Wow, it’s really not been that long since I last wrote an editorial thanks to my poor “time-management” in September and weirder still is that we’re already in October… or as the internet calls it “The Month of Halloween!”
Yes, Twitter and the various fantastic blogs I read are already firing up their pumpkins and kicking the spookfest into overdrive in anticipation of that chilling spectacular that occurs on or around the 31st of the month. Here in the UK of course we’re always a little behind the latest trends so it’s no surprise that when I was growing up Halloween wasn’t the event that it is now. As an adult I’m bemused slightly by the spectacle that this monstrous month seems to have on my friends across the Atlantic… especially as I’m usually more excited by the prospect of Guy Fawkes night that occurs a few days later. Continue reading “Editorial: October 2018 – Spooky”
This is Mission Commander Big Boss. The following article contains spoilers for the original Metal Gear. The game is thirty years old, do I still need to warn you? You have been warned!
In my recent 20 year retrospective about Metal Gear Solid for PS1 I mentioned that the original Metal Gear for NES was one of the few games that I own for that system and yet I’ve never completed it (to clarify, my NES is not a childhood console, I picked it up about ten years ago on eBay). With that thought gently turning the cogs of my mind I decided to finally play it and see where the series began and how it shaped the follow up monster of the PlayStation 1 era. Blowing the dust off both the console and the game I fired it up and…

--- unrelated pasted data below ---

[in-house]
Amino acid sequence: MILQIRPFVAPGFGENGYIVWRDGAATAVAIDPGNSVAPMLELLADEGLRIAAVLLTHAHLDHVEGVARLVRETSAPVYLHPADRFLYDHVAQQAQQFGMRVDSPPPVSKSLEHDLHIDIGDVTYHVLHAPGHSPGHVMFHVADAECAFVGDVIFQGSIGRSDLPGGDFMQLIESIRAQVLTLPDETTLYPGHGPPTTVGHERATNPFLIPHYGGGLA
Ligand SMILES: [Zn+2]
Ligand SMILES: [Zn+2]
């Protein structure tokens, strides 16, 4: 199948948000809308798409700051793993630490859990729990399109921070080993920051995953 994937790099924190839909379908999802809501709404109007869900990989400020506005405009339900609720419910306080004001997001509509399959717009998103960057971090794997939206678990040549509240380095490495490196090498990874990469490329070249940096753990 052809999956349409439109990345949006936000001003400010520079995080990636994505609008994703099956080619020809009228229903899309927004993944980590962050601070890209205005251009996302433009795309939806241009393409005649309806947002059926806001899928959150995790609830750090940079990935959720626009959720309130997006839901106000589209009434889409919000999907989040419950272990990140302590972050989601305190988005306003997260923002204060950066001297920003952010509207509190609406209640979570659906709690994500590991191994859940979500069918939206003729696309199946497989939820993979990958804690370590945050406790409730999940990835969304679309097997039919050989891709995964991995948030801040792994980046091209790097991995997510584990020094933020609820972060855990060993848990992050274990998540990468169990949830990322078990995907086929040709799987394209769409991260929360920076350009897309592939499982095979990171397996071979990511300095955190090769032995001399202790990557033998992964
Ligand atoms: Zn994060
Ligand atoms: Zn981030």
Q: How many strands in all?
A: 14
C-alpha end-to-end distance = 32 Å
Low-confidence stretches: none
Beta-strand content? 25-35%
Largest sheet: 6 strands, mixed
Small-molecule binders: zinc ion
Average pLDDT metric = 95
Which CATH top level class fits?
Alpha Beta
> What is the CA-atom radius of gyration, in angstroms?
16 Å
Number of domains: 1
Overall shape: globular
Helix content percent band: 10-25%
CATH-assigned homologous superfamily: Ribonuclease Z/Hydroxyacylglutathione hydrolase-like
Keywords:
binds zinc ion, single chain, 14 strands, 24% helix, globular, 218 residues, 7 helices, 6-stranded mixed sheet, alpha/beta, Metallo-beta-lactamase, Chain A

Spoiler Warning: This article contains spoilers for “Duck Season”… also whilst I’m warning, so does the trailer for “Duck Season”.
I’d lay a guinea to the fact that most of you reading this are of that very specific age to have grown up knowing the simple time pressure of renting a videogame from Blockbuster. Three-day rental, five-day rental, it made little difference, there was always a race against time. How far could you get before the return day approached? I can’t say that I had that many of the pre-requisite entirely free weekends which coincided with a Friday night adventure through the fabled door below the ripped ticket stub in to the land of blue, yellow, overpriced snacks, and disappoint of realising that although they had about a hundred of the empty cover boxes of the latest movie you needed to find one of the generic boxes to actually rent that movie. Game rental for me was indeed a rare treat, so much so that I can remember almost every instance of it during the 16-bit era… and they were all mediocre titles at best. Continue reading “Duck Season: With Paprika”
“Snake… Snake! … Snnnaaaaakkkkeeee!!!” – Literally everyone in the game
A few weeks ago there was a flurry of twitter activity announcing the 20th anniversary of Metal Gear Solid. Undoubtedly one of the defining games of the PS1, I remember clearly the buzz of excitement around its release – which kind of strikes me as odd now. The original Metal Gear games were born in the 8-bit era with the Kojima approved version being the initial release on the MSX (not a system I’m familiar with) rather than the “butchered” (his sentiment, not mine), but more well known, NES release. The NES release of Metal Gear is actually a game that I own (it’s gathering dust somewhere along with a NES I bought some years ago) although I’ve never made it past the first few screens. I should revisit that at some point.